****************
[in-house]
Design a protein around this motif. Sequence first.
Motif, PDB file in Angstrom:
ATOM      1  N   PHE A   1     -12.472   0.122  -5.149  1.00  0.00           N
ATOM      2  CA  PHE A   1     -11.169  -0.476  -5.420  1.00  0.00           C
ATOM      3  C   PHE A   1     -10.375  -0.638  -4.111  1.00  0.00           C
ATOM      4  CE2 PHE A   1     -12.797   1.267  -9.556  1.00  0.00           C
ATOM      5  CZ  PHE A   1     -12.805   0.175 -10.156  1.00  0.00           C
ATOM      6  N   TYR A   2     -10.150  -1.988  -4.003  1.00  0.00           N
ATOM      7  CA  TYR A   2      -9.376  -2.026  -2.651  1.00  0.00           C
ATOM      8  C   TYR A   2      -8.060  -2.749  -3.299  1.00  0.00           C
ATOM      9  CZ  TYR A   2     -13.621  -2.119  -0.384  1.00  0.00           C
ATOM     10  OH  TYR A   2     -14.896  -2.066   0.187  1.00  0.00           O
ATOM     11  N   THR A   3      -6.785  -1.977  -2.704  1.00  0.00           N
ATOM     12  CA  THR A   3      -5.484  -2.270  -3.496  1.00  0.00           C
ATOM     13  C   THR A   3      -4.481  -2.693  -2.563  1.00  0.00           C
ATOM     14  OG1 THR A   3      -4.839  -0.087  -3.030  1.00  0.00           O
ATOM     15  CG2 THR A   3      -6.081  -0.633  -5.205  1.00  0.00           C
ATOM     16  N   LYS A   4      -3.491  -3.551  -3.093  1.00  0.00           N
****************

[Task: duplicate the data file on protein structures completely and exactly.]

[in-house]
Design a protein around this motif. Sequence first.
Motif, PDB file in Angstrom:
ATOM      1  N   PHE A   1     -12.472   0.122  -5.149  1.00  0.00           N
ATOM      2  CA  PHE A   1     -11.169  -0.476  -5.420  1.00  0.00           C
ATOM      3  C   PHE A   1     -10.375  -0.638  -4.111  1.00  0.00           C
ATOM      4  CE2 PHE A   1     -12.797   1.267  -9.556  1.00  0.00           C
ATOM      5  CZ  PHE A   1     -12.805   0.175 -10.156  1.00  0.00           C
ATOM      6  N   TYR A   2     -10.150  -1.988  -4.003  1.00  0.00           N
ATOM      7  CA  TYR A   2      -9.376  -2.026  -2.651  1.00  0.00           C
ATOM      8  C   TYR A   2      -8.060  -2.749  -3.299  1.00  0.00           C
ATOM      9  CZ  TYR A   2     -13.621  -2.119  -0.384  1.00  0.00           C
ATOM     10  OH  TYR A   2     -14.896  -2.066   0.187  1.00  0.00           O
ATOM     11  N   THR A   3      -6.785  -1.977  -2.704  1.00  0.00           N
ATOM     12  CA  THR A   3      -5.484  -2.270  -3.496  1.00  0.00           C
ATOM     13  C   THR A   3      -4.481  -2.693  -2.563  1.00  0.00           C
ATOM     14  OG1 THR A   3      -4.839  -0.087  -3.030  1.00  0.00           O
ATOM     15  CG2 THR A   3      -6.081  -0.633  -5.205  1.00  0.00           C
ATOM     16  N   LYS A   4      -3.491  -3.551  -3.093  1.00  0.00           N